7. Examiners need to be aware that there may be many issues associated with CRTs that effect income tax examinations, mostly concerning the allowance of a deduction for the contribution made to the CRT. It is recommended that TEGE examiners coordinate the examination of a CRT with an SBSE examiner whenever feasible, especially if it is suspected that there are material issues concerning the charitable deduction.

4.76.5.1.5  (04-01-2003)
Abusive Trusts - Examination Guidelines

  1. Examiners must pay special attention to trusts utilizing " Promoters" who market potential abusive tax schemes. Documents relative to the marketing scheme should be reviewed to determine the scheme is not a "harm to the federal government" . Consideration should be given to contacting the SBSE Abusive Tax Promoters Group. Also, in many of these types of cases, the examination should be coordinated with either SBSE or LMSB, (depending on the dollar amounts involved)

  2. Special interest should be paid to trusts operating in a " multi-tier" system organized and operated to avoid tax. It is recommended that an examiner perform IDRS and/or other database research to determine what other entities the taxpayer is involved with and how the other entities may be interrelated with the CRT. Check to see if distributions are being made to other trusts or entities in which the donor-creator receives the ultimate benefit.

  3. The examiner must check to see if the creator of a NECT assigns or "re-directs" earned income to the trust, never giving up "control" of the income or assets. The examiner may determine this to be a sham or grantor trust, alternatively, resulting in employment tax issues.

  4. The examiner should verify that NECTs are not paying the personal expenses of the creator or trustee and labeling these expenses as "management service fees" or deducting them as some other expense.

  5. For NECTs, if there is an entry on line 13 of form 1041, the examiner should check to see if the taxpayer filed Form 1041-A (these forms are filed through the Ogden Campus). If the taxpayer was required to, but did not file Form 1041-A, consider assessing penalties per IRC Section 6652(c)(2). The Form 1041-A is used to provide information about the charitable deduction and the identity of the charitable organization(s) which received the contribution. When examining CRTs, beware of pre-arranged sales of highly appreciated property (such as real estate or capital stock) that are purposefully structured merely to avoid capital gain taxes. If there is no other economic purpose, and the grantor effectively retains control over the assets, consider treating it as a sham transaction or as a grantor trust.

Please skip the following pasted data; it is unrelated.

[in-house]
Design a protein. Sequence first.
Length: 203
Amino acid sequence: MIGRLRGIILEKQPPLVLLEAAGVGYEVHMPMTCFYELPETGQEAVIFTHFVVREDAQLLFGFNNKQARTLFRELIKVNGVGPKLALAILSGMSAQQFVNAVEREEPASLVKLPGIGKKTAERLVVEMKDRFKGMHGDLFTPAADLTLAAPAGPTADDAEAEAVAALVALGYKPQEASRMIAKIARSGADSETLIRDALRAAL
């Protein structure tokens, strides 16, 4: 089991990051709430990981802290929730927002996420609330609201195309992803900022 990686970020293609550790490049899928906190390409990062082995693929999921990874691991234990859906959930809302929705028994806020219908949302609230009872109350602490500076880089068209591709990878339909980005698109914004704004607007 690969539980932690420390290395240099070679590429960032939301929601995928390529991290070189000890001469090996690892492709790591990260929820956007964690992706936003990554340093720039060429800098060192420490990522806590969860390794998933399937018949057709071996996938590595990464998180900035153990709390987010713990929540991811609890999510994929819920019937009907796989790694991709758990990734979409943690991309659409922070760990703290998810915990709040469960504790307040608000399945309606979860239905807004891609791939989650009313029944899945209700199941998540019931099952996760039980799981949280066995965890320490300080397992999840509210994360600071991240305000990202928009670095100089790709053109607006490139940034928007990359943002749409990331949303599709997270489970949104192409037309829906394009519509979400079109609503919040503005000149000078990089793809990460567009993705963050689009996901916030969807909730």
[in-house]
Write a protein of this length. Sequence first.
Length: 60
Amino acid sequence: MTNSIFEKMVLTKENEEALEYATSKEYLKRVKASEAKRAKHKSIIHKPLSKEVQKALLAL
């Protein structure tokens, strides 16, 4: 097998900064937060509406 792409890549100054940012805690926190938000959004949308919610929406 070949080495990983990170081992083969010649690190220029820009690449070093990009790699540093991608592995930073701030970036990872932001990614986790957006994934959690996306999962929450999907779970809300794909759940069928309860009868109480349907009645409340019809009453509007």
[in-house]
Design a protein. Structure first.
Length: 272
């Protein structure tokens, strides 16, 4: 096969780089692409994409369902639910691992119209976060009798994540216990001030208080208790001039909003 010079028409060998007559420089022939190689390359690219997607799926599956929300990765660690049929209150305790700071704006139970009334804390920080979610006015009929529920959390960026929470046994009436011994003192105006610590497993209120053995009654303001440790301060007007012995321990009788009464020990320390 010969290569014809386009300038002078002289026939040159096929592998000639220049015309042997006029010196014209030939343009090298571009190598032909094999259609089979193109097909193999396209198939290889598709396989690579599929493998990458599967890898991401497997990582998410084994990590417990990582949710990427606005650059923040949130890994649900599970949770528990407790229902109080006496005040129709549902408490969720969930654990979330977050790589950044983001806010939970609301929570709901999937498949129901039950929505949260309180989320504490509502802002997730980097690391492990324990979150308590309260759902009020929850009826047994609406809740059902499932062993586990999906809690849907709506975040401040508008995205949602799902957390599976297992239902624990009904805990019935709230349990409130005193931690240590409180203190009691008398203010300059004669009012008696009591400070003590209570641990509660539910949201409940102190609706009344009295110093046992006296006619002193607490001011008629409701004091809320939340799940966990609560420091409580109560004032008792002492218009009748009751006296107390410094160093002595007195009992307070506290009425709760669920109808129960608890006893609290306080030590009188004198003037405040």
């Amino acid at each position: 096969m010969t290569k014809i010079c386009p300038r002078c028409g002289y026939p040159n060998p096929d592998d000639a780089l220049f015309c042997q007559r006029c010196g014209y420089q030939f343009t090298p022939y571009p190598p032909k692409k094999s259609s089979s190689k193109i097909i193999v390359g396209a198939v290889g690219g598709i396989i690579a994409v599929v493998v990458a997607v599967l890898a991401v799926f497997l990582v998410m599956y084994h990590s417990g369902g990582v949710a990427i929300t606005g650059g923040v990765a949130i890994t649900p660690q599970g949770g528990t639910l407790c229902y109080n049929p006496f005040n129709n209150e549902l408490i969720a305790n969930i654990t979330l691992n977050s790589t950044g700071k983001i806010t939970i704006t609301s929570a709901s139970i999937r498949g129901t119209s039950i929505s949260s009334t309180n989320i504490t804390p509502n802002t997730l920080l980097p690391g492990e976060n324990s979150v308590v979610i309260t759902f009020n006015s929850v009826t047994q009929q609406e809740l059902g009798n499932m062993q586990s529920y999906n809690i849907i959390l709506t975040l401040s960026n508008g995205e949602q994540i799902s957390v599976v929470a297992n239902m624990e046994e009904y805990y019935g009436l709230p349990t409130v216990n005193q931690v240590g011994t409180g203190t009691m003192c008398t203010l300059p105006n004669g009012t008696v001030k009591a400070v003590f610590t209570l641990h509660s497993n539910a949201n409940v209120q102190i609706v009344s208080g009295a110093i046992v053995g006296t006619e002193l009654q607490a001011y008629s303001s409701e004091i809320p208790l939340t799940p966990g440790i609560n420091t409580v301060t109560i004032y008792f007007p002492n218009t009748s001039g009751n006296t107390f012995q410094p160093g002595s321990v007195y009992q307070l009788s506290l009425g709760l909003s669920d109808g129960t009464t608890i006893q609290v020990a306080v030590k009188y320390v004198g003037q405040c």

6. In the case of CRTs, the examiner will always check to see what was donated to the trust as well as whether or not the present value actuarial amount was properly computed and deducted by the donor. Also, check to determine if a reasonable and accurate valuation was placed on the assets transferred. If not, a referral should be made to a valuation specialist.

  7. It is essential for the examiner to trace the flow of cash in any examination of a charitable trust to determine if there are any self-dealing or taxable expenditure issues and to determine if proper payments are made to qualified charities.